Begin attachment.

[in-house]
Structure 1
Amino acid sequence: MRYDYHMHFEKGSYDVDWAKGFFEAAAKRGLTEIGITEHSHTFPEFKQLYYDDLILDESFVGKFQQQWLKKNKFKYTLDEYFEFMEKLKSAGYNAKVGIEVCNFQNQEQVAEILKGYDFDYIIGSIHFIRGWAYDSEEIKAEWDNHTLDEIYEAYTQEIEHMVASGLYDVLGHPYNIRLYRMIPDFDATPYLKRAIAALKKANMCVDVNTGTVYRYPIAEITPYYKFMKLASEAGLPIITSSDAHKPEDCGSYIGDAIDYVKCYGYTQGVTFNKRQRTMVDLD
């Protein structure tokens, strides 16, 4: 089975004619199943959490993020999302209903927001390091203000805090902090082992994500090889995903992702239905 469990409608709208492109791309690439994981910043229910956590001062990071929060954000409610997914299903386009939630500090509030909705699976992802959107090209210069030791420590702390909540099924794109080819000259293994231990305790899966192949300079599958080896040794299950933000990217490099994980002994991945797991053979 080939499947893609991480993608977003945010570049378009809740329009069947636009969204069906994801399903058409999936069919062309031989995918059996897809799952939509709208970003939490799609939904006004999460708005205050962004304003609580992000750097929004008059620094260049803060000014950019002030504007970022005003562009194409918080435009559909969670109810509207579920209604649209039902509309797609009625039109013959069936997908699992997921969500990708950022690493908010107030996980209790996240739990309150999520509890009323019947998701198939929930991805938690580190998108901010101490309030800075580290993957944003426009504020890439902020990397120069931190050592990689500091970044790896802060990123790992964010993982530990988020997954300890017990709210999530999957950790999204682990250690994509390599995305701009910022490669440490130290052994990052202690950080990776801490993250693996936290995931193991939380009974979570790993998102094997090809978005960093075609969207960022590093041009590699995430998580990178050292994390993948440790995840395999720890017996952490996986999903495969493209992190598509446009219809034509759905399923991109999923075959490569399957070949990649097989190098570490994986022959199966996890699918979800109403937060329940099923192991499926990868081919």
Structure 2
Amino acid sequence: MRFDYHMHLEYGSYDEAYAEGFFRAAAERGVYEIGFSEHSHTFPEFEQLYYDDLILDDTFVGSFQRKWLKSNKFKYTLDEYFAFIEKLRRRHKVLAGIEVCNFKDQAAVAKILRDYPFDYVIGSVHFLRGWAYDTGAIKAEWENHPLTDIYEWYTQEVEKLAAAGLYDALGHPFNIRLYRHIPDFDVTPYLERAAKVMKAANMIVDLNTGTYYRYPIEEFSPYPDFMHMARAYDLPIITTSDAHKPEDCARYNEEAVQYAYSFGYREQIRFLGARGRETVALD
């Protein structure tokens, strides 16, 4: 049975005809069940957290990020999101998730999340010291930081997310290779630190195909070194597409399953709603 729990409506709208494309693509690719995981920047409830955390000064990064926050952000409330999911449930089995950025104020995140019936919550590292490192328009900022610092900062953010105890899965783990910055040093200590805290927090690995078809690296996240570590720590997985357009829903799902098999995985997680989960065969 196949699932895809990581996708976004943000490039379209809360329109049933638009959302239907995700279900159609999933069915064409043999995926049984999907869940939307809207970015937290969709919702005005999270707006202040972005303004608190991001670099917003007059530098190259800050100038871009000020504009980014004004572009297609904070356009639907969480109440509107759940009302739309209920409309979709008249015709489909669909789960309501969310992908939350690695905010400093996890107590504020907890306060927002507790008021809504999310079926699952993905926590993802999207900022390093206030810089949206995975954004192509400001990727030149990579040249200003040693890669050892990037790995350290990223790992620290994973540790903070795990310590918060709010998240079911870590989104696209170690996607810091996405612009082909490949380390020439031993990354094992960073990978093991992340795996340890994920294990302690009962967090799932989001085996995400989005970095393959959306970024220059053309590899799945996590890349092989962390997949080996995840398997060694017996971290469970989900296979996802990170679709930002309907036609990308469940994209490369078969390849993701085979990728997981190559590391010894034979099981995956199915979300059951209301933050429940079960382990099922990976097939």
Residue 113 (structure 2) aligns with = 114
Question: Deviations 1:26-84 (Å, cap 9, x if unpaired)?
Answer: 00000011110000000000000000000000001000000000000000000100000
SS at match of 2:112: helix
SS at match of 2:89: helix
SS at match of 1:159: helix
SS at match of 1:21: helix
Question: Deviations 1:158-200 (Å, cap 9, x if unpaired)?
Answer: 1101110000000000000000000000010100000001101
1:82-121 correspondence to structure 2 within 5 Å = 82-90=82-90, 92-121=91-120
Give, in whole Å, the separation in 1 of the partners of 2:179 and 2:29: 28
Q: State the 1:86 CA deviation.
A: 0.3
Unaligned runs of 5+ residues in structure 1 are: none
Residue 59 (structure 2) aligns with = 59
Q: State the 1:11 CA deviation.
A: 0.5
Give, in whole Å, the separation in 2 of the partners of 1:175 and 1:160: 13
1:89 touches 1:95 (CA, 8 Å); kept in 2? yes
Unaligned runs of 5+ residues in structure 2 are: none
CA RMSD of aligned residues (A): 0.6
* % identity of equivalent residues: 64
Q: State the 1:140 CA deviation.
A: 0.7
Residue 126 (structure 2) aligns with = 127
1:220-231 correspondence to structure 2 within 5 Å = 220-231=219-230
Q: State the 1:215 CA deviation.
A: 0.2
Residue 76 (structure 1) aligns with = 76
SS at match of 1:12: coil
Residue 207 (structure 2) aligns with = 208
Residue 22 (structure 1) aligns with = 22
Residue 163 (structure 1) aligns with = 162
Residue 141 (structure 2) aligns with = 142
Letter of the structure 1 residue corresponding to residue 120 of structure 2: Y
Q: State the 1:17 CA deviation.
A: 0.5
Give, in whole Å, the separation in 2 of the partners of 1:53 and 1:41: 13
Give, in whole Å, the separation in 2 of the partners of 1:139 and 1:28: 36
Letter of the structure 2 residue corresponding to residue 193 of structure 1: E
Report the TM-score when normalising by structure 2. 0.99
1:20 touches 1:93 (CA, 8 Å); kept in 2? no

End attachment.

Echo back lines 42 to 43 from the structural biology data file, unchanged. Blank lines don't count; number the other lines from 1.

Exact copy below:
Letter of the structure 1 residue corresponding to residue 120 of structure 2: Y
Q: State the 1:17 CA deviation.